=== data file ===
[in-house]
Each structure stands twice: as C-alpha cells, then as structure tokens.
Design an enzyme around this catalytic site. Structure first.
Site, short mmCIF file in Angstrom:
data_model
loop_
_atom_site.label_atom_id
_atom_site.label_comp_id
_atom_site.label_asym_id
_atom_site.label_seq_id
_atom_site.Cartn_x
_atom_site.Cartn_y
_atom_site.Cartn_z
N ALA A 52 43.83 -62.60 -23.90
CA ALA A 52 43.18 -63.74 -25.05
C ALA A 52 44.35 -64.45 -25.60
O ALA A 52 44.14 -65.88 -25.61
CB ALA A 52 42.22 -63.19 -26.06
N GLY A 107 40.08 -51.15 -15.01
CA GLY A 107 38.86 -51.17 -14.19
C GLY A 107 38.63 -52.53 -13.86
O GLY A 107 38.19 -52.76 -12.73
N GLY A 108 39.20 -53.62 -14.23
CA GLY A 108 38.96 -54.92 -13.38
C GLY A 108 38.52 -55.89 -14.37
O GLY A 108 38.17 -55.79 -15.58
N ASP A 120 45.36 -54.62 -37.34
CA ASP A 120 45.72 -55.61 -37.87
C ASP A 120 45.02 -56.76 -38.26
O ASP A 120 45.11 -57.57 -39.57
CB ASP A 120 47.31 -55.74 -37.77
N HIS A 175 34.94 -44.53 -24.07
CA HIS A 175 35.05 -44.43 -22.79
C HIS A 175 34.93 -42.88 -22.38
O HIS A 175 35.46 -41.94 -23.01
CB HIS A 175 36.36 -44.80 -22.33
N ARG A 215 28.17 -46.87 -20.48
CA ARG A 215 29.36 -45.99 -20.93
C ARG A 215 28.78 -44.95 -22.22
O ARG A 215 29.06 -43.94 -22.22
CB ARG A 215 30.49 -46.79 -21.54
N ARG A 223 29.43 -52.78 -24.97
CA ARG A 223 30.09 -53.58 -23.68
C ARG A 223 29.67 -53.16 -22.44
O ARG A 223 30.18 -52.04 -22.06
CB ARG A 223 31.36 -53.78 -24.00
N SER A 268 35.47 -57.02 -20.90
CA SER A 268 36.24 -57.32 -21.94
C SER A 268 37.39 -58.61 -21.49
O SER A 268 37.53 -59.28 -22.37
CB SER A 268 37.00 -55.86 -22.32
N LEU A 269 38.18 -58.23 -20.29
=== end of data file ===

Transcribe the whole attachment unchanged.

[in-house]
Each structure stands twice: as C-alpha cells, then as structure tokens.
Design an enzyme around this catalytic site. Structure first.
Site, short mmCIF file in Angstrom:
data_model
loop_
_atom_site.label_atom_id
_atom_site.label_comp_id
_atom_site.label_asym_id
_atom_site.label_seq_id
_atom_site.Cartn_x
_atom_site.Cartn_y
_atom_site.Cartn_z
N ALA A 52 43.83 -62.60 -23.90
CA ALA A 52 43.18 -63.74 -25.05
C ALA A 52 44.35 -64.45 -25.60
O ALA A 52 44.14 -65.88 -25.61
CB ALA A 52 42.22 -63.19 -26.06
N GLY A 107 40.08 -51.15 -15.01
CA GLY A 107 38.86 -51.17 -14.19
C GLY A 107 38.63 -52.53 -13.86
O GLY A 107 38.19 -52.76 -12.73
N GLY A 108 39.20 -53.62 -14.23
CA GLY A 108 38.96 -54.92 -13.38
C GLY A 108 38.52 -55.89 -14.37
O GLY A 108 38.17 -55.79 -15.58
N ASP A 120 45.36 -54.62 -37.34
CA ASP A 120 45.72 -55.61 -37.87
C ASP A 120 45.02 -56.76 -38.26
O ASP A 120 45.11 -57.57 -39.57
CB ASP A 120 47.31 -55.74 -37.77
N HIS A 175 34.94 -44.53 -24.07
CA HIS A 175 35.05 -44.43 -22.79
C HIS A 175 34.93 -42.88 -22.38
O HIS A 175 35.46 -41.94 -23.01
CB HIS A 175 36.36 -44.80 -22.33
N ARG A 215 28.17 -46.87 -20.48
CA ARG A 215 29.36 -45.99 -20.93
C ARG A 215 28.78 -44.95 -22.22
O ARG A 215 29.06 -43.94 -22.22
CB ARG A 215 30.49 -46.79 -21.54
N ARG A 223 29.43 -52.78 -24.97
CA ARG A 223 30.09 -53.58 -23.68
C ARG A 223 29.67 -53.16 -22.44
O ARG A 223 30.18 -52.04 -22.06
CB ARG A 223 31.36 -53.78 -24.00
N SER A 268 35.47 -57.02 -20.90
CA SER A 268 36.24 -57.32 -21.94
C SER A 268 37.39 -58.61 -21.49
O SER A 268 37.53 -59.28 -22.37
CB SER A 268 37.00 -55.86 -22.32
N LEU A 269 38.18 -58.23 -20.29